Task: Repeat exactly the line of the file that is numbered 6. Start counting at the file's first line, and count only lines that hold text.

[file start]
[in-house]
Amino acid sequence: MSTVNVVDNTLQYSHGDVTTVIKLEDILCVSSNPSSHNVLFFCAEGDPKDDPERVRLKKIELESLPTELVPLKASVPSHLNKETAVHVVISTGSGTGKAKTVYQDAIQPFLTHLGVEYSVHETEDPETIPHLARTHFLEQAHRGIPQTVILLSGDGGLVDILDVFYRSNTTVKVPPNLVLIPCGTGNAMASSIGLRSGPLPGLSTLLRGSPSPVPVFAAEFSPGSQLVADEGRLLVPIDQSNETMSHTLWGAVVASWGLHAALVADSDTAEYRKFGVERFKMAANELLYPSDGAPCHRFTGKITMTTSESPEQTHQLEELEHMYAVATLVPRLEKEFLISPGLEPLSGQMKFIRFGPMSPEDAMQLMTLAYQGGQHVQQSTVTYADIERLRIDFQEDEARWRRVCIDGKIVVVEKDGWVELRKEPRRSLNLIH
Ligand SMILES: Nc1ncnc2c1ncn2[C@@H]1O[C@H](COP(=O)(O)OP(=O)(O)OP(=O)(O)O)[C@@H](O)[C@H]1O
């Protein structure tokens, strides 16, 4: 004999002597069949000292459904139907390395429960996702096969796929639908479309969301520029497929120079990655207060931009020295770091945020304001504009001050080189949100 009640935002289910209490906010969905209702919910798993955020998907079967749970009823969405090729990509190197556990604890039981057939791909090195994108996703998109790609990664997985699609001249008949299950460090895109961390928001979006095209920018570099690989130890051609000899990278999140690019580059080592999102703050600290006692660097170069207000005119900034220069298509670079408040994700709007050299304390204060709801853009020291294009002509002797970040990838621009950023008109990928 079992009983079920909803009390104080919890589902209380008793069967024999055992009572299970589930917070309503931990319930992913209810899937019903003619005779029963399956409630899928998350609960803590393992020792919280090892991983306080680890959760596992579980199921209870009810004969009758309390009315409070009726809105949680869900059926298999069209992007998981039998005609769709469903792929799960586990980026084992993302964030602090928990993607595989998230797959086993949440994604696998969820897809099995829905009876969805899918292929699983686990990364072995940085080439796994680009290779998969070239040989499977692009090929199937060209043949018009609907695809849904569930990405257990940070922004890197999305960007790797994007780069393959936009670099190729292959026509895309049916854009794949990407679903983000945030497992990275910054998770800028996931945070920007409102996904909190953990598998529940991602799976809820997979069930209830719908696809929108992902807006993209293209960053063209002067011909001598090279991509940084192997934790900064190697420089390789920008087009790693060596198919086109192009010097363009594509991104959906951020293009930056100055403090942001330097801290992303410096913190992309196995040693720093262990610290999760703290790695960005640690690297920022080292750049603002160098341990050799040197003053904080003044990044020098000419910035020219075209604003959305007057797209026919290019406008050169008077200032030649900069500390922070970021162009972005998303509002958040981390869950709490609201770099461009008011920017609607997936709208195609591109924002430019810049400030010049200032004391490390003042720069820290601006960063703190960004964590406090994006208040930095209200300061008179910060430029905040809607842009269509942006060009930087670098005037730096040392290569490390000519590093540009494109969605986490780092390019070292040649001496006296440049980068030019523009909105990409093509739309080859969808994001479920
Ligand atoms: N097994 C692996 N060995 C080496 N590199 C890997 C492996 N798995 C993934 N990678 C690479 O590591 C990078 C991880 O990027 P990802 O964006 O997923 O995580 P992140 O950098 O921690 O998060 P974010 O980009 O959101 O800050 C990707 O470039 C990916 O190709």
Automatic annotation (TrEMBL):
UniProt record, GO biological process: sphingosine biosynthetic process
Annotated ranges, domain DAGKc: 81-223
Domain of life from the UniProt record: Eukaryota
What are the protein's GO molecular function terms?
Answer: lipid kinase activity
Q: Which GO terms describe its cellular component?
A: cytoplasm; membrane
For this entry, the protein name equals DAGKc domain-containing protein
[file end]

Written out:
Automatic annotation (TrEMBL):